Offensive moves can help to increase your chances of knocking out an opponent and keeping him down long enough to win, so learning those moves are important, but many times, the defensive movements can win your match. If the boxer can avoid punches from the other fighter, it helps to maintain his longevity and stamina throughout the match. Below are some of the techniques used with defensive boxing such as the bob and weave, the slip, the cover-up, and the parry/block.
The Bob and Weave: one or the most common seen techniques in boxing is the bob. This is when the boxer moves his head into the position the helps him to duck an incoming punch. The boxer will shift their body and quickly bend their legs to the right or left to avoid contacting the punch of the opponent. After the punch is missed, the boxer uses the weaving motion to come back to an upright position.
The Slip: slightly rotating the body when a punch is incoming is what slipping is. Doing this motion will cause the punch to go past the head without making a connection. When the punch gets close, the boxer will rotate his shoulders and hips in a sharp movement. This results in the chin being protected as the punch goes past the opponent.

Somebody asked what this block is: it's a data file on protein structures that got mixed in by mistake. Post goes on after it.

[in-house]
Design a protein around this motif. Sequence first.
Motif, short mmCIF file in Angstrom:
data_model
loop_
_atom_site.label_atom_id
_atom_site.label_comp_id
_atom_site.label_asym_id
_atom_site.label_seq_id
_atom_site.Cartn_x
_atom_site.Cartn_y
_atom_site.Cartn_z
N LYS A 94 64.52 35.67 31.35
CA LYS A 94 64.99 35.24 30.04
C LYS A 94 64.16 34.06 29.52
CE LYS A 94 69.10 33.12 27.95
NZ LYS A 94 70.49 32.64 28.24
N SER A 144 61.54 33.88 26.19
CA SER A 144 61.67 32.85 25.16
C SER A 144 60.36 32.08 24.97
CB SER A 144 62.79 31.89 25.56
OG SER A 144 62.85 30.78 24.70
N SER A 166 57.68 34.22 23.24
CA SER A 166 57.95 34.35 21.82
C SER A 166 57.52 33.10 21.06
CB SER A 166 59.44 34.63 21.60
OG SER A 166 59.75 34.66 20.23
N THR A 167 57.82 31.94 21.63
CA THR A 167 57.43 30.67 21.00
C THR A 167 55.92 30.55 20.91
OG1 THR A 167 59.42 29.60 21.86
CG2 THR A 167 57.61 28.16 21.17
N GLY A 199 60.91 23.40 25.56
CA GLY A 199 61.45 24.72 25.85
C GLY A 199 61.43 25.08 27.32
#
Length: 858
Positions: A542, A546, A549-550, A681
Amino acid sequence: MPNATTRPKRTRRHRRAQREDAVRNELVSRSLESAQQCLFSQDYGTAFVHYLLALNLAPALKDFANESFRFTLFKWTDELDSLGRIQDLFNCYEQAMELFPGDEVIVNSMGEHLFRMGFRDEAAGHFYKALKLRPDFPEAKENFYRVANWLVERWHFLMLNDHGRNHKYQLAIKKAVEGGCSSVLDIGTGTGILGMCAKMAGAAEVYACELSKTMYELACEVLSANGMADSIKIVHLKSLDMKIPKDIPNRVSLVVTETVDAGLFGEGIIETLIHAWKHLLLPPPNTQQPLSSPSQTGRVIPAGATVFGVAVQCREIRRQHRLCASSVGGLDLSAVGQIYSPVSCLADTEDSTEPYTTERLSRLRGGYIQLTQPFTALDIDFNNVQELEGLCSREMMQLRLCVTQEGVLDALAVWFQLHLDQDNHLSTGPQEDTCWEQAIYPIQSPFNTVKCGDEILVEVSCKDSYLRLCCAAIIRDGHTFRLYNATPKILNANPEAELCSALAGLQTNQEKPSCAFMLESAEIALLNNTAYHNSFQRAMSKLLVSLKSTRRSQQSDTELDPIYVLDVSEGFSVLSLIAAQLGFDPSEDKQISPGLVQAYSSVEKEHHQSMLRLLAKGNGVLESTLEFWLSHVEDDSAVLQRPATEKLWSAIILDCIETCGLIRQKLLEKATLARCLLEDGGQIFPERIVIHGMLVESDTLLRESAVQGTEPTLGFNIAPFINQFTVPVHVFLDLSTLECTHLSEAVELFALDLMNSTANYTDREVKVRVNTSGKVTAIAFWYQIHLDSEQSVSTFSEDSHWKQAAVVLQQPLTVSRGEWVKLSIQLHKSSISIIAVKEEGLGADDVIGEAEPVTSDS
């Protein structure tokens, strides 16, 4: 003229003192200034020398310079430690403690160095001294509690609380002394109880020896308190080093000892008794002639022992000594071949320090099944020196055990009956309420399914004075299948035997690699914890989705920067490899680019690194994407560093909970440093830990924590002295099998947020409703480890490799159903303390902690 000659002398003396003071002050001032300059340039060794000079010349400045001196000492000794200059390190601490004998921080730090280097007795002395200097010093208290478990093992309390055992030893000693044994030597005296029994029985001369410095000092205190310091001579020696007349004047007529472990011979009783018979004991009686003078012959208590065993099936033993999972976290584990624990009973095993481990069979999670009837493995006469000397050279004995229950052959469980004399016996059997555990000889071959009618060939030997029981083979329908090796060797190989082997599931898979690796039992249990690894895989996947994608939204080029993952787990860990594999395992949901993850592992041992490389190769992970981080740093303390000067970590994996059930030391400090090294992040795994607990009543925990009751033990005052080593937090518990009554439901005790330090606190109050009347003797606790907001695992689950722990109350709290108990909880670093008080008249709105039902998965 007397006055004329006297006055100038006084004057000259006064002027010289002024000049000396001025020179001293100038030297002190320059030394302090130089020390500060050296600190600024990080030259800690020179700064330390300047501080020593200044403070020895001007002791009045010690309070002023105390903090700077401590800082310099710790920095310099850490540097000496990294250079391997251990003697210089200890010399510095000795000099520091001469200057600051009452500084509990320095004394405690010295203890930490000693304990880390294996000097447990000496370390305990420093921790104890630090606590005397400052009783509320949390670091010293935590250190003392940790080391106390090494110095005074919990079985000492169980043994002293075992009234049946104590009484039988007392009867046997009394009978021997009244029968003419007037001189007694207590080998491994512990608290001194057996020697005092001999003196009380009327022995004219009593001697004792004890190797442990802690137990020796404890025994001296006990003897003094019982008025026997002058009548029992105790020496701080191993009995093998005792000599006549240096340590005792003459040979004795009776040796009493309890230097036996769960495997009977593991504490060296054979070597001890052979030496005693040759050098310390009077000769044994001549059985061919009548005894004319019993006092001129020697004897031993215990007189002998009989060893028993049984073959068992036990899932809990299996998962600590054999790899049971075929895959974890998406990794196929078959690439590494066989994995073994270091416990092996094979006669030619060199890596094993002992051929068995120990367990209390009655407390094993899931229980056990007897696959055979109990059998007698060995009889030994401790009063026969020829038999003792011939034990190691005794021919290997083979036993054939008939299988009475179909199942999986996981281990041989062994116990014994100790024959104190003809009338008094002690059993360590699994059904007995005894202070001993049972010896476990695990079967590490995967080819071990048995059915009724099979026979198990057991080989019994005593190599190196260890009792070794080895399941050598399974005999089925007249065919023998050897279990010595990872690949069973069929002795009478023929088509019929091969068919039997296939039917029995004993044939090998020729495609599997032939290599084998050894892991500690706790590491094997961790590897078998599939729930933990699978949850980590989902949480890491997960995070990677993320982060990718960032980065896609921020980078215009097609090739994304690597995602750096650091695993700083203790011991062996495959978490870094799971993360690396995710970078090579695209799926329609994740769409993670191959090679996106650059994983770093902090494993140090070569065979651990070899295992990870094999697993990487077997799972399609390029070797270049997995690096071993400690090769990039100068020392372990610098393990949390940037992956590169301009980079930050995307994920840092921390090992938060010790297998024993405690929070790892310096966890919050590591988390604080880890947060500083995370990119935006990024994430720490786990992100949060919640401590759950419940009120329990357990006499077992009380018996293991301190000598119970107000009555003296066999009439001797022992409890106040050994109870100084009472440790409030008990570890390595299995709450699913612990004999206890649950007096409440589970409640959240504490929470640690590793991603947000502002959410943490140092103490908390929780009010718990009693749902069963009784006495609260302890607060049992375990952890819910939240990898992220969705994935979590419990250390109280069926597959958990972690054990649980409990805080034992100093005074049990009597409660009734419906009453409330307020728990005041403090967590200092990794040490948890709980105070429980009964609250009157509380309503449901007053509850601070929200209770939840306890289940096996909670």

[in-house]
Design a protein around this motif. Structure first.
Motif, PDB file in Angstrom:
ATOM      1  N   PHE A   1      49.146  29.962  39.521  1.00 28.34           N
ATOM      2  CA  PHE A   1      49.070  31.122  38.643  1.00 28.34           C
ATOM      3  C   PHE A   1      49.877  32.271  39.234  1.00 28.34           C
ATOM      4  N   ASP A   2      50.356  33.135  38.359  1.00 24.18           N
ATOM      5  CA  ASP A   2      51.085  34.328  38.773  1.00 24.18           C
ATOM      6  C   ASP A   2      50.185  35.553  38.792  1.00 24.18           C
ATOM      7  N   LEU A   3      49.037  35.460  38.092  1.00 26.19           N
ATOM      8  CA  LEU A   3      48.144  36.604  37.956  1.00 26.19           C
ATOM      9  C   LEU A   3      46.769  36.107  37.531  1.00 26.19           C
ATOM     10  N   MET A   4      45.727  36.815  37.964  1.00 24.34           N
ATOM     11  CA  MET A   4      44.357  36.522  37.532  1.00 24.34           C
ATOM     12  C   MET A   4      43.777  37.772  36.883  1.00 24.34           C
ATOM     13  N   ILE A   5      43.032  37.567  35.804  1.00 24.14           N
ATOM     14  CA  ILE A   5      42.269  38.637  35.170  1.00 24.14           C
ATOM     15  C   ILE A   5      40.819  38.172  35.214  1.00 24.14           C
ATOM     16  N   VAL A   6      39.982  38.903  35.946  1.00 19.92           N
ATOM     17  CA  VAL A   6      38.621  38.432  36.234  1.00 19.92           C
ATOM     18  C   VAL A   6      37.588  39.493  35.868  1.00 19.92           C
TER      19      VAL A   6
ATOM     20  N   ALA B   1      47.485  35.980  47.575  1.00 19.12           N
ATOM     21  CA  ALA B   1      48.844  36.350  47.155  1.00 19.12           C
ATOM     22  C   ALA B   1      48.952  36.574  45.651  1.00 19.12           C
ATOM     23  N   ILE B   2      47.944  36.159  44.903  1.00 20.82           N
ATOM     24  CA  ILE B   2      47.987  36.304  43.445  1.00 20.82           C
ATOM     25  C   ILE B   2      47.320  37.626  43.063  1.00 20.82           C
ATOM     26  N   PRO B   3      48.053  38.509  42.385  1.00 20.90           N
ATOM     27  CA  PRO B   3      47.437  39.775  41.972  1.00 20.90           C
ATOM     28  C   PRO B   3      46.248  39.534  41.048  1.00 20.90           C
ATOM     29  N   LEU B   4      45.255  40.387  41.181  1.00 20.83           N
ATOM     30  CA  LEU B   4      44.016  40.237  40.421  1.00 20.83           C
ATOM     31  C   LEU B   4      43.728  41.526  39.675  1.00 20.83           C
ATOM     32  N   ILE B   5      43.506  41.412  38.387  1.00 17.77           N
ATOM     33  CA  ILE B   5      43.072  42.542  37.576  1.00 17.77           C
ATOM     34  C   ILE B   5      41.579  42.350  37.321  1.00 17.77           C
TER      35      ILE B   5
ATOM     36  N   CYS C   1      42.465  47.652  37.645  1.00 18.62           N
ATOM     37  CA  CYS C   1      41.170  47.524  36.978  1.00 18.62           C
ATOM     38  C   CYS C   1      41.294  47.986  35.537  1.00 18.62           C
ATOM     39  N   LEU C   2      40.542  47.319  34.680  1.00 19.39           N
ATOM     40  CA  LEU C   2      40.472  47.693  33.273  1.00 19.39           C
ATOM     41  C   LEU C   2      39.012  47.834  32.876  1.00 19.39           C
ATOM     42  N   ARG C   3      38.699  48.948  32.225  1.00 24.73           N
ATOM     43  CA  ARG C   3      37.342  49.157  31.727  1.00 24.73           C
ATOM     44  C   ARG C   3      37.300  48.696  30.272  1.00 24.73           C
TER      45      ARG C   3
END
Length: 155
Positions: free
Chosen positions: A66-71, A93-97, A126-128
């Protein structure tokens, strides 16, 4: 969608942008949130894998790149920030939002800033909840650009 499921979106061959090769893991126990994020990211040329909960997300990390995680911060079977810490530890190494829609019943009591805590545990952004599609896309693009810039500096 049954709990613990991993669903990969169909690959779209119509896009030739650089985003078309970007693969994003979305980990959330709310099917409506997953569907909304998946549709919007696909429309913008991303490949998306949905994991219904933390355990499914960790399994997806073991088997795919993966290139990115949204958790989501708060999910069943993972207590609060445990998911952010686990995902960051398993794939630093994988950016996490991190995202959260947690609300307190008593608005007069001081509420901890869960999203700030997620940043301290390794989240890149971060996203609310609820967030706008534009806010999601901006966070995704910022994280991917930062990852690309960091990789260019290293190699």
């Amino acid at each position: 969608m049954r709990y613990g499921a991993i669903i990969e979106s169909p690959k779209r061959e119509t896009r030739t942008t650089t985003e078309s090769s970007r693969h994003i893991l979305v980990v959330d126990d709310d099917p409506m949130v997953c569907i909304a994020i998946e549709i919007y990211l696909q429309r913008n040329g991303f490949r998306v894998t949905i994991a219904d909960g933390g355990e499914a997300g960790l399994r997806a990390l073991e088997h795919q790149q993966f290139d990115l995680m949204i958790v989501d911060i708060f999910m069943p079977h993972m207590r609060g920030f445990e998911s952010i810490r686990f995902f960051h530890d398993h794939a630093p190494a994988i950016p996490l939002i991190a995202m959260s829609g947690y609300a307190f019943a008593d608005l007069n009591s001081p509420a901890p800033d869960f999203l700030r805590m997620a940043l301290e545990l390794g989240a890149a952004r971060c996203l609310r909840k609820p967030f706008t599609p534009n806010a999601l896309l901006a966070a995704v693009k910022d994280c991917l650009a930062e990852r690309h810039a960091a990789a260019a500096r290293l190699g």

The Cover-Up: covering up is typically a last resort for the fighter when their face or body is not protected. This involves the fighter holding their hands high up in from of their chin and head. If their body needs protection, they will tuck their forearms against their torso. Both fists are pressed together in front of their face to achieve head protection. This is a really poor method of protection to get out from under the attacks.
The Parry/Block: When a boxer uses their hands to defend themselves from an array of punching attacks, this is called the parry/block. The boxer uses their open hand, as a punch comes near, to send a quick blow in a lateral motion to the forearm or wrist of the opponent to redirect the punch.
These defense techniques are all important in keeping the boxer from becoming victim to the onslaught of punches from their opponent, thus keeping them in the ring longer and increasing their chances for a win.